Structured Data

Another key aspect of local SEO is properly utilising structured data. This is, generally speaking, a job for your web developer as it is somewhat technical and requires some knowledge of coding and back-end systems. Fear not – a developer can get this implemented into your site pretty quickly; you can even do some of the leg work for them by using the structured data markup helper tool by Google (it’s free!).

Structured data is, initially, for ‘robot consumption’, however it benefits search engine results and, by extension, humans, greatly in that it provides them with key information about your company and website in an easy to understand format. Search engines read this data and add it to your website’s results in the search results page. It can also lead to rich results if Google deem it appropriate the to searcher.

Ratings and Reviews

As previously mentioned, ratings and reviews are an important factor in local SEO. Not only do they provide users with previous customer’s experiences and opinions on the company, but they also provide search engines with this data. The more genuine and good ratings and reviews you have, the more search engines will like your website. Be careful here: a large influx in ratings and reviews can be a negative ranking factor in Google’s eyes (even if they’re all perfect ratings). Google sees this as spam, as some have been known to try to exploit rating systems in their favour. The best thing to do is to try to get a steady trickle of ratings from satisfied customers you’ve worked with / sold your product to.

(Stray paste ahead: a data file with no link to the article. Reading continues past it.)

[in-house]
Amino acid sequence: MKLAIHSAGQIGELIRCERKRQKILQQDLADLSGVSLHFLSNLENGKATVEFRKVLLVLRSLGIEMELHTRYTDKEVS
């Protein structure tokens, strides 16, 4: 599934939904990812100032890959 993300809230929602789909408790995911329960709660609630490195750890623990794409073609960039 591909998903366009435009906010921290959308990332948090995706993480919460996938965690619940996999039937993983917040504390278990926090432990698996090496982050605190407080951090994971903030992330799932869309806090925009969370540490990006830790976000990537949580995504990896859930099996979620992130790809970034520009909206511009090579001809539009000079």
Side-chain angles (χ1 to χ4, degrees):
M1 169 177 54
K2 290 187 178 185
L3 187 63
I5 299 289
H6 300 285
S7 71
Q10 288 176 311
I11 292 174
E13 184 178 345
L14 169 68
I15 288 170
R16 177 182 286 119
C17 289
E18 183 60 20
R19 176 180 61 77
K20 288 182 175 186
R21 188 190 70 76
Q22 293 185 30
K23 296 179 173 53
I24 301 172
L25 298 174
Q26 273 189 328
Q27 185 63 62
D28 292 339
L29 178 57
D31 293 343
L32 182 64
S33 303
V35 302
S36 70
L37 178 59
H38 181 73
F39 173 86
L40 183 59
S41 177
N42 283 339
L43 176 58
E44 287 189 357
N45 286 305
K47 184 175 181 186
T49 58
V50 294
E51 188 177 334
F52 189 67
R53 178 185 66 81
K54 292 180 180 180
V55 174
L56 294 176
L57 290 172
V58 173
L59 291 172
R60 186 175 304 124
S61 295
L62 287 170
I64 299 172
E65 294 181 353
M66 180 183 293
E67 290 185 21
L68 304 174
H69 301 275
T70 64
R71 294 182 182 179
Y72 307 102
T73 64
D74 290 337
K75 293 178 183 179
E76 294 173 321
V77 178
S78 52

Metadata

We’re into ‘general SEO’ territory here, but it’s not just about utilising it, it’s about how you utilise it. Metadata (namely meta titles and descriptions) are imperative to any successful SEO efforts. These are the initial contact a potential customer has with your site in search engine results and can be the deciding factor of whether or not they will click through to learn more. Meta titles are a ranking factor for Google and should be keyword optimised and relevant. For local SEO efforts, be sure to include the town / city you are targeting to give search engines a really good indication that this is your area of servicing. Be aware that meta titles only show 60 characters (typically), so anything over that is wasted and won’t be displayed.